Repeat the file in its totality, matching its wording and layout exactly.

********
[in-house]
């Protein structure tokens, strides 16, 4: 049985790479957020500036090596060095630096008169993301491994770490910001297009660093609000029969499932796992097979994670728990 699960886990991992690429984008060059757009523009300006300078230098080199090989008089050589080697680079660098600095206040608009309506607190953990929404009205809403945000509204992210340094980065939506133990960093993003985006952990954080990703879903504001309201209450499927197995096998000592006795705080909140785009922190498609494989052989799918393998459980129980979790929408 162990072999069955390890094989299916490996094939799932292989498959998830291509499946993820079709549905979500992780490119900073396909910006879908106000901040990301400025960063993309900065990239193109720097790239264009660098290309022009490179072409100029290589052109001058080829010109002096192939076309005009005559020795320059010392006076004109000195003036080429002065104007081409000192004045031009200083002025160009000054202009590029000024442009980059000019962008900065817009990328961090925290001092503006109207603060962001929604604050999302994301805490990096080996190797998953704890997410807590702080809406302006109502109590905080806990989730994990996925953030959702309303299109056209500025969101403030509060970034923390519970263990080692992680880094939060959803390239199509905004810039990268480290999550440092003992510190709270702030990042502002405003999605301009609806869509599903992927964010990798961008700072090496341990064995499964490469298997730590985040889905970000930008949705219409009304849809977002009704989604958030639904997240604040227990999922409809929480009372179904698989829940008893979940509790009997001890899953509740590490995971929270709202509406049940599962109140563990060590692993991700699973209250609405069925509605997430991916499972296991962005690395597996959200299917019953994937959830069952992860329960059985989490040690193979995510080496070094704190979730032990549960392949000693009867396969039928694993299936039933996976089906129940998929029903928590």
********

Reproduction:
[in-house]
């Protein structure tokens, strides 16, 4: 049985790479957020500036090596060095630096008169993301491994770490910001297009660093609000029969499932796992097979994670728990 699960886990991992690429984008060059757009523009300006300078230098080199090989008089050589080697680079660098600095206040608009309506607190953990929404009205809403945000509204992210340094980065939506133990960093993003985006952990954080990703879903504001309201209450499927197995096998000592006795705080909140785009922190498609494989052989799918393998459980129980979790929408 162990072999069955390890094989299916490996094939799932292989498959998830291509499946993820079709549905979500992780490119900073396909910006879908106000901040990301400025960063993309900065990239193109720097790239264009660098290309022009490179072409100029290589052109001058080829010109002096192939076309005009005559020795320059010392006076004109000195003036080429002065104007081409000192004045031009200083002025160009000054202009590029000024442009980059000019962008900065817009990328961090925290001092503006109207603060962001929604604050999302994301805490990096080996190797998953704890997410807590702080809406302006109502109590905080806990989730994990996925953030959702309303299109056209500025969101403030509060970034923390519970263990080692992680880094939060959803390239199509905004810039990268480290999550440092003992510190709270702030990042502002405003999605301009609806869509599903992927964010990798961008700072090496341990064995499964490469298997730590985040889905970000930008949705219409009304849809977002009704989604958030639904997240604040227990999922409809929480009372179904698989829940008893979940509790009997001890899953509740590490995971929270709202509406049940599962109140563990060590692993991700699973209250609405069925509605997430991916499972296991962005690395597996959200299917019953994937959830069952992860329960059985989490040690193979995510080496070094704190979730032990549960392949000693009867396969039928694993299936039933996976089906129940998929029903928590």